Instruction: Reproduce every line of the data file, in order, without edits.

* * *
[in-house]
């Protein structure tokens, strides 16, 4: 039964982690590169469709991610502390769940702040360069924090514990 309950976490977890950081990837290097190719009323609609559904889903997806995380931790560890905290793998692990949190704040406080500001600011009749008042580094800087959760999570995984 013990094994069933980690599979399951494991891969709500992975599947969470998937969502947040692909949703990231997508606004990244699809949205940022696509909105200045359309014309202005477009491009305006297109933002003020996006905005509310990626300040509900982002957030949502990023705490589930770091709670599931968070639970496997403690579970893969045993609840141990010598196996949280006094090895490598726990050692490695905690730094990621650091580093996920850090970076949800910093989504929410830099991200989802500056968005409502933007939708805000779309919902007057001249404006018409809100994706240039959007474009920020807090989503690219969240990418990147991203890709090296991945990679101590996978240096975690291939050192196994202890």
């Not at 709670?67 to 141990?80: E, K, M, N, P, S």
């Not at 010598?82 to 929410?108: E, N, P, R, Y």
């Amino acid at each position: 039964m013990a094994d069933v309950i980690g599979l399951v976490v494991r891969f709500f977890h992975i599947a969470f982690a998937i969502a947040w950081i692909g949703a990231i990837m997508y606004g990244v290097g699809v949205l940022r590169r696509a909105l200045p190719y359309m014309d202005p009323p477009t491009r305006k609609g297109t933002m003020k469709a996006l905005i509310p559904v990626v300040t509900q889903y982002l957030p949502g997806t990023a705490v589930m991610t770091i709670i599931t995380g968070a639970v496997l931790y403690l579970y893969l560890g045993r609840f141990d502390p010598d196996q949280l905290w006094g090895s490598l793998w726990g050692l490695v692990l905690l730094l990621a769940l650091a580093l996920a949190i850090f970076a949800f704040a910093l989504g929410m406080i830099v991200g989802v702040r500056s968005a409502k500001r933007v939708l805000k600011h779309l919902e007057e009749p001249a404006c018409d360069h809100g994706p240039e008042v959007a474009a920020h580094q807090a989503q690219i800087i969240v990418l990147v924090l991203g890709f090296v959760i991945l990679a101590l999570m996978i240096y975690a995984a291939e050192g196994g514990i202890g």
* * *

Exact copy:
[in-house]
């Protein structure tokens, strides 16, 4: 039964982690590169469709991610502390769940702040360069924090514990 309950976490977890950081990837290097190719009323609609559904889903997806995380931790560890905290793998692990949190704040406080500001600011009749008042580094800087959760999570995984 013990094994069933980690599979399951494991891969709500992975599947969470998937969502947040692909949703990231997508606004990244699809949205940022696509909105200045359309014309202005477009491009305006297109933002003020996006905005509310990626300040509900982002957030949502990023705490589930770091709670599931968070639970496997403690579970893969045993609840141990010598196996949280006094090895490598726990050692490695905690730094990621650091580093996920850090970076949800910093989504929410830099991200989802500056968005409502933007939708805000779309919902007057001249404006018409809100994706240039959007474009920020807090989503690219969240990418990147991203890709090296991945990679101590996978240096975690291939050192196994202890």
């Not at 709670?67 to 141990?80: E, K, M, N, P, S």
């Not at 010598?82 to 929410?108: E, N, P, R, Y």
């Amino acid at each position: 039964m013990a094994d069933v309950i980690g599979l399951v976490v494991r891969f709500f977890h992975i599947a969470f982690a998937i969502a947040w950081i692909g949703a990231i990837m997508y606004g990244v290097g699809v949205l940022r590169r696509a909105l200045p190719y359309m014309d202005p009323p477009t491009r305006k609609g297109t933002m003020k469709a996006l905005i509310p559904v990626v300040t509900q889903y982002l957030p949502g997806t990023a705490v589930m991610t770091i709670i599931t995380g968070a639970v496997l931790y403690l579970y893969l560890g045993r609840f141990d502390p010598d196996q949280l905290w006094g090895s490598l793998w726990g050692l490695v692990l905690l730094l990621a769940l650091a580093l996920a949190i850090f970076a949800f704040a910093l989504g929410m406080i830099v991200g989802v702040r500056s968005a409502k500001r933007v939708l805000k600011h779309l919902e007057e009749p001249a404006c018409d360069h809100g994706p240039e008042v959007a474009a920020h580094q807090a989503q690219i800087i969240v990418l990147v924090l991203g890709f090296v959760i991945l990679a101590l999570m996978i240096y975690a995984a291939e050192g196994g514990i202890g």